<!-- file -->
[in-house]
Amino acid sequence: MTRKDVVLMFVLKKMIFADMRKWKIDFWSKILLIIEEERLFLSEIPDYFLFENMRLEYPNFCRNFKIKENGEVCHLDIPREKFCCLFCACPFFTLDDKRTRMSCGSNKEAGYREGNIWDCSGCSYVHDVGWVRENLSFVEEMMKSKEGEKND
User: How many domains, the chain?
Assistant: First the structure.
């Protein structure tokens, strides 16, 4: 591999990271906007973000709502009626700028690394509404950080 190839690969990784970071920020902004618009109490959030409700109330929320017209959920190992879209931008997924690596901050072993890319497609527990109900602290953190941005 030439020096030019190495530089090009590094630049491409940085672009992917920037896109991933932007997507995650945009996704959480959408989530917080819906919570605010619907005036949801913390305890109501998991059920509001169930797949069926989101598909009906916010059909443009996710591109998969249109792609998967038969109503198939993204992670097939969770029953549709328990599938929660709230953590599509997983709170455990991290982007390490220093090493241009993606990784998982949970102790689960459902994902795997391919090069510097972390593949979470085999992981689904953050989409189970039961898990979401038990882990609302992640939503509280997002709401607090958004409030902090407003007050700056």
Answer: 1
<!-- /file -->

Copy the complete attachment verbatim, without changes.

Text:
[in-house]
Amino acid sequence: MTRKDVVLMFVLKKMIFADMRKWKIDFWSKILLIIEEERLFLSEIPDYFLFENMRLEYPNFCRNFKIKENGEVCHLDIPREKFCCLFCACPFFTLDDKRTRMSCGSNKEAGYREGNIWDCSGCSYVHDVGWVRENLSFVEEMMKSKEGEKND
User: How many domains, the chain?
Assistant: First the structure.
């Protein structure tokens, strides 16, 4: 591999990271906007973000709502009626700028690394509404950080 190839690969990784970071920020902004618009109490959030409700109330929320017209959920190992879209931008997924690596901050072993890319497609527990109900602290953190941005 030439020096030019190495530089090009590094630049491409940085672009992917920037896109991933932007997507995650945009996704959480959408989530917080819906919570605010619907005036949801913390305890109501998991059920509001169930797949069926989101598909009906916010059909443009996710591109998969249109792609998967038969109503198939993204992670097939969770029953549709328990599938929660709230953590599509997983709170455990991290982007390490220093090493241009993606990784998982949970102790689960459902994902795997391919090069510097972390593949979470085999992981689904953050989409189970039961898990979401038990882990609302992640939503509280997002709401607090958004409030902090407003007050700056």
Answer: 1